Although numerous studies identified 2-way communication, such as “learner-learner” [39,40] and “learner-instructor” interactions [39,41-43], as the most important contributors to satisfaction with web-based learning, learner-learner interaction had a weak relationship with satisfaction in this study. A possible explanation for this finding may lie in the specific course objectives and instructional goal orientation. Learner-learner interaction is relevant to group discussions, group projects, and idea sharing, which occur during collaborative activities [40]. In addition, limited opportunities for interaction between students and instructors during web-based learning represented a significant barrier to web-based learning during the first year of the pandemic [44-46]. This study was conducted in the first semester of implementing web-based classes because of the COVID-19 pandemic; therefore, the limitation of interaction may also be applicable in this case.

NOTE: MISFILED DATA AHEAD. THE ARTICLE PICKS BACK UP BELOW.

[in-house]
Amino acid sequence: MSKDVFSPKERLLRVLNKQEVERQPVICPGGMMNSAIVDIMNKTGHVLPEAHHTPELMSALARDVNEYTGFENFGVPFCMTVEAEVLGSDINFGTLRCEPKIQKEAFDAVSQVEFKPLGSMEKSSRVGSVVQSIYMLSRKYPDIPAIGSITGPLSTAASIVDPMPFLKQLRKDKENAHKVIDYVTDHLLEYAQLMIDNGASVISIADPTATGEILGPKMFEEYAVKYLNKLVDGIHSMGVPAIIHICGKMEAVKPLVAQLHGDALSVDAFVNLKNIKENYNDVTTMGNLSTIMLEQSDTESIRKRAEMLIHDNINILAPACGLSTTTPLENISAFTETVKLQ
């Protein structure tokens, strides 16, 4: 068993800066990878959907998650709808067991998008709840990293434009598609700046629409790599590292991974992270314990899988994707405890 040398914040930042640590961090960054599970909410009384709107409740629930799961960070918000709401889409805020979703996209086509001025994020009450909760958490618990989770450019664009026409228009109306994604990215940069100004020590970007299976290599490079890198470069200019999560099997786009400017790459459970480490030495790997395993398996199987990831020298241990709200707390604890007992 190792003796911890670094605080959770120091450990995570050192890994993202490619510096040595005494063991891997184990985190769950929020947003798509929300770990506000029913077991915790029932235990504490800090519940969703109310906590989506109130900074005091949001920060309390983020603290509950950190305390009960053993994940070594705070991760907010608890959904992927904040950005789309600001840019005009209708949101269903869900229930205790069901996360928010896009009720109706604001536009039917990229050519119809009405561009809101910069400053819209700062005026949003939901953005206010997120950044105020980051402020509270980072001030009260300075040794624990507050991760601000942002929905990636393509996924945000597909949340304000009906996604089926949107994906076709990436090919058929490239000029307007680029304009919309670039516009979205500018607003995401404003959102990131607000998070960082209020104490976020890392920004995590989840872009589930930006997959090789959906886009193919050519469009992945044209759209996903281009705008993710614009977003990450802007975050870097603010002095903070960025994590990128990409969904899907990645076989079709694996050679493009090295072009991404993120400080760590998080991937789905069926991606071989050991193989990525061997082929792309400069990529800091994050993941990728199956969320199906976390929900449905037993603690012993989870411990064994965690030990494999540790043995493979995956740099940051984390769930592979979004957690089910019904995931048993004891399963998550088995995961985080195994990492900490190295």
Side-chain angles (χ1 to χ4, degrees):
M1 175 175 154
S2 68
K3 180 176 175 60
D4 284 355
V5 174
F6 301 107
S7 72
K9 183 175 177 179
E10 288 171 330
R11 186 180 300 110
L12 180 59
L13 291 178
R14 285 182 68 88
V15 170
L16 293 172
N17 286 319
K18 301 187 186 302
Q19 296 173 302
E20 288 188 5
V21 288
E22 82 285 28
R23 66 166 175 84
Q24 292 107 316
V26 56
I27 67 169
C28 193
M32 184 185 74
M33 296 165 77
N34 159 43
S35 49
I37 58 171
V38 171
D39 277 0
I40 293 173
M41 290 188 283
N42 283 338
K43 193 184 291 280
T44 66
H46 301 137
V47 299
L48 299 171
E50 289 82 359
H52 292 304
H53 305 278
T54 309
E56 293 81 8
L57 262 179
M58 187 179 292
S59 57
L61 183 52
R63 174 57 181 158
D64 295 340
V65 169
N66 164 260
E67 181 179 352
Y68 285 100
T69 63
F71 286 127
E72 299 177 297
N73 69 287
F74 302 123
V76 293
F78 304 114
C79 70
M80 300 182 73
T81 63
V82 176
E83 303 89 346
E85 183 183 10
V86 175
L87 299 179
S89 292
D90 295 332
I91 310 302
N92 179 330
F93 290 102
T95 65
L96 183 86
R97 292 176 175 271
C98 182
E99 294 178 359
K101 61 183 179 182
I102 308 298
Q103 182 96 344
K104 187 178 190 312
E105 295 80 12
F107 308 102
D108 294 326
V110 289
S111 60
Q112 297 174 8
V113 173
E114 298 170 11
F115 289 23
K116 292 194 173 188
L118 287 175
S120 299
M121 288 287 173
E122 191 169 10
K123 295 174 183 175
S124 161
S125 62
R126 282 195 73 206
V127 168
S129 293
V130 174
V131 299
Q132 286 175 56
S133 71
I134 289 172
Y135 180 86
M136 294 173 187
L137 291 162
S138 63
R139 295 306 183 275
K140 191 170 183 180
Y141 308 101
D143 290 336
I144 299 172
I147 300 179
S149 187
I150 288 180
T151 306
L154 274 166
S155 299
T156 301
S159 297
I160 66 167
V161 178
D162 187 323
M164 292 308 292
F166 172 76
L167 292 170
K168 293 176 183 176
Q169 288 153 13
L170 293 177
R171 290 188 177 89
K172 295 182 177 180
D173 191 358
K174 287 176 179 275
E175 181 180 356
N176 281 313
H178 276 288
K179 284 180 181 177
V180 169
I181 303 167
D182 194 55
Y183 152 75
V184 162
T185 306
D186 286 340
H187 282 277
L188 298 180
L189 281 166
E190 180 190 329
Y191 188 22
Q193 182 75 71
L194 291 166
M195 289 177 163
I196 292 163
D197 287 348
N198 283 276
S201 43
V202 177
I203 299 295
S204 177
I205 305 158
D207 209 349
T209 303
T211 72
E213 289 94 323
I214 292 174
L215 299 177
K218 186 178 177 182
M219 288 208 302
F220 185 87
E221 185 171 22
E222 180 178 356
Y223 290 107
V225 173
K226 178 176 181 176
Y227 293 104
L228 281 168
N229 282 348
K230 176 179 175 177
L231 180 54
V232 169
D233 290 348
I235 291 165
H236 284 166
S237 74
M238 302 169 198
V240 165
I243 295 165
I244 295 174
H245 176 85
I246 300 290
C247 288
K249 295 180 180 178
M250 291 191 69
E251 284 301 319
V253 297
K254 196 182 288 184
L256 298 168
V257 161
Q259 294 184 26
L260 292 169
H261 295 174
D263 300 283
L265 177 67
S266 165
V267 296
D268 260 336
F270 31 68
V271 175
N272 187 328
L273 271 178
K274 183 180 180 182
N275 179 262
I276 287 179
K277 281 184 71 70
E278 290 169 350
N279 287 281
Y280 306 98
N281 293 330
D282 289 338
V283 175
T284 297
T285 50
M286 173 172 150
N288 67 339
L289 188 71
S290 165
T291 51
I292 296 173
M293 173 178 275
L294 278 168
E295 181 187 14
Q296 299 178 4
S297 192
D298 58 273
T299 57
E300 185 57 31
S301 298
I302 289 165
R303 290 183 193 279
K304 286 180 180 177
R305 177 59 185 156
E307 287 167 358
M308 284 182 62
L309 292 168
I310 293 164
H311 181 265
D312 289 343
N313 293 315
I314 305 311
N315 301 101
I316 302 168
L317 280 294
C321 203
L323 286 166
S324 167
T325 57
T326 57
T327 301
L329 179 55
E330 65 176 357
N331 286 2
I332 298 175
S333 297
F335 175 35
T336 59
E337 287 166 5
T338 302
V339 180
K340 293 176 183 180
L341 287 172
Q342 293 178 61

Regarding learner-instructor interaction, the students’ desires or expectations regarding interaction with instructors may be low, leading to less impact on satisfaction with web-based learning. Students’ expectations are closely related to their values and preferences, which directly influence their perception of learning experiences. From the perspective of fulfillment theory, satisfaction is achieved by obtaining an agent’s desired state of affairs [47]. Even before the pandemic, students in South Korea typically refrained from being active in class by asking questions because of the psychological stress and cultural norms that inhibited active participation [48]. The educational environments in South Korea are not conducive to training students for questioning and discussion. In contrast, lectures with examination-oriented evaluations bring a competitive atmosphere to the class and only require students to listen to instructors. Therefore, the interactions between instructors and students are frequently low in South Korea [49], and there is a tendency of students to prefer web-based chats or calls rather than traditional forms of communication [50].